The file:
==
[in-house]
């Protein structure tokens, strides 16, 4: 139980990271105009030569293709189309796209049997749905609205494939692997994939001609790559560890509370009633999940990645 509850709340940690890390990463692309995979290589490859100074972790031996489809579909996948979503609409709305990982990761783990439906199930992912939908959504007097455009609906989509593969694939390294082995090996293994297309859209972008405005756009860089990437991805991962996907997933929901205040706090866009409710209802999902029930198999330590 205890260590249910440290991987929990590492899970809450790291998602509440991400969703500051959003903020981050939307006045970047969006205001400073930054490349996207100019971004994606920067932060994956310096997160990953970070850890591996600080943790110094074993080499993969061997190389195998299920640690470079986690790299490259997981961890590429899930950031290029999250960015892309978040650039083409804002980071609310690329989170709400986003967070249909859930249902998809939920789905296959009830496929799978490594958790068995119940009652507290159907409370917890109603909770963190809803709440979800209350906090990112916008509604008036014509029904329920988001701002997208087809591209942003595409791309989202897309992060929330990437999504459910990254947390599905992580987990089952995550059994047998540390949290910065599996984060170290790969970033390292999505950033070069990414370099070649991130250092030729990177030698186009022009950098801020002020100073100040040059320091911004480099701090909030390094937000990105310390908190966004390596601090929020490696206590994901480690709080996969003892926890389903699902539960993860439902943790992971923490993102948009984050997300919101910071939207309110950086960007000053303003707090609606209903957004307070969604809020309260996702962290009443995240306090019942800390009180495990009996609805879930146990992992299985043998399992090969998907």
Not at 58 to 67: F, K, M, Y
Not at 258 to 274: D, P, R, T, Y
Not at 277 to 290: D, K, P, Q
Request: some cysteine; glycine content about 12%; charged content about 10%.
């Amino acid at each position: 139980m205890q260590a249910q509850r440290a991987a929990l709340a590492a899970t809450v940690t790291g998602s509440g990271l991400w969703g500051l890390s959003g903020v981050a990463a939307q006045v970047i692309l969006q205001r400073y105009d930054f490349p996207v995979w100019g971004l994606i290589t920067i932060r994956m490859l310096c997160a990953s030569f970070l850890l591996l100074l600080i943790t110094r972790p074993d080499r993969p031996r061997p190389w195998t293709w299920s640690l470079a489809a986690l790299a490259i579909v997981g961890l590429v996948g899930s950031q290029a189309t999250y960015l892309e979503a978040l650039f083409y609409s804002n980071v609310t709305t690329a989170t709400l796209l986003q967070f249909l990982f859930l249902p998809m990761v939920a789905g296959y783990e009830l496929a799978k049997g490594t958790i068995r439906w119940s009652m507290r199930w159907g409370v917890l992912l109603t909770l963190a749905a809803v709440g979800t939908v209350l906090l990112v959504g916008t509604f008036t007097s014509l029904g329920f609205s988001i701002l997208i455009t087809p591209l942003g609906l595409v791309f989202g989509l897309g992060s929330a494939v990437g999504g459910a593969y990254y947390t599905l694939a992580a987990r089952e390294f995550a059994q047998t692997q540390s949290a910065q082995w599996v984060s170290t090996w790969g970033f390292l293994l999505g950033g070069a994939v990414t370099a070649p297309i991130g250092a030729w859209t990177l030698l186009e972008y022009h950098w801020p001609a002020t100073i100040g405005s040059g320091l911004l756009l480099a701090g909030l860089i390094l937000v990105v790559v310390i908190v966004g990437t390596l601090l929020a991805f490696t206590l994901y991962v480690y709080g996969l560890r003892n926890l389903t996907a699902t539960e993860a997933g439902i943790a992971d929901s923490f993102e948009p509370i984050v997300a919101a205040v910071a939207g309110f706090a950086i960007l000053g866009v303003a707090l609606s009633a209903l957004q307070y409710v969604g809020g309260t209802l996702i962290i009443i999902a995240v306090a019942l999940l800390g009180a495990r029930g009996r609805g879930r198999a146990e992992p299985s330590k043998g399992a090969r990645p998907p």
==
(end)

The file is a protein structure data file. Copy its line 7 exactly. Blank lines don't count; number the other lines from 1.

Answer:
């Amino acid at each position: 139980m205890q260590a249910q509850r440290a991987a929990l709340a590492a899970t809450v940690t790291g998602s509440g990271l991400w969703g500051l890390s959003g903020v981050a990463a939307q006045v970047i692309l969006q205001r400073y105009d930054f490349p996207v995979w100019g971004l994606i290589t920067i932060r994956m490859l310096c997160a990953s030569f970070l850890l591996l100074l600080i943790t110094r972790p074993d080499r993969p031996r061997p190389w195998t293709w299920s640690l470079a489809a986690l790299a490259i579909v997981g961890l590429v996948g899930s950031q290029a189309t999250y960015l892309e979503a978040l650039f083409y609409s804002n980071v609310t709305t690329a989170t709400l796209l986003q967070f249909l990982f859930l249902p998809m990761v939920a789905g296959y783990e009830l496929a799978k049997g490594t958790i068995r439906w119940s009652m507290r199930w159907g409370v917890l992912l109603t909770l963190a749905a809803v709440g979800t939908v209350l906090l990112v959504g916008t509604f008036t007097s014509l029904g329920f609205s988001i701002l997208i455009t087809p591209l942003g609906l595409v791309f989202g989509l897309g992060s929330a494939v990437g999504g459910a593969y990254y947390t599905l694939a992580a987990r089952e390294f995550a059994q047998t692997q540390s949290a910065q082995w599996v984060s170290t090996w790969g970033f390292l293994l999505g950033g070069a994939v990414t370099a070649p297309i991130g250092a030729w859209t990177l030698l186009e972008y022009h950098w801020p001609a002020t100073i100040g405005s040059g320091l911004l756009l480099a701090g909030l860089i390094l937000v990105v790559v310390i908190v966004g990437t390596l601090l929020a991805f490696t206590l994901y991962v480690y709080g996969l560890r003892n926890l389903t996907a699902t539960e993860a997933g439902i943790a992971d929901s923490f993102e948009p509370i984050v997300a919101a205040v910071a939207g309110f706090a950086i960007l000053g866009v303003a707090l609606s009633a209903l957004q307070y409710v969604g809020g309260t209802l996702i962290i009443i999902a995240v306090a019942l999940l800390g009180a495990r029930g009996r609805g879930r198999a146990e992992p299985s330590k043998g399992a090969r990645p998907p």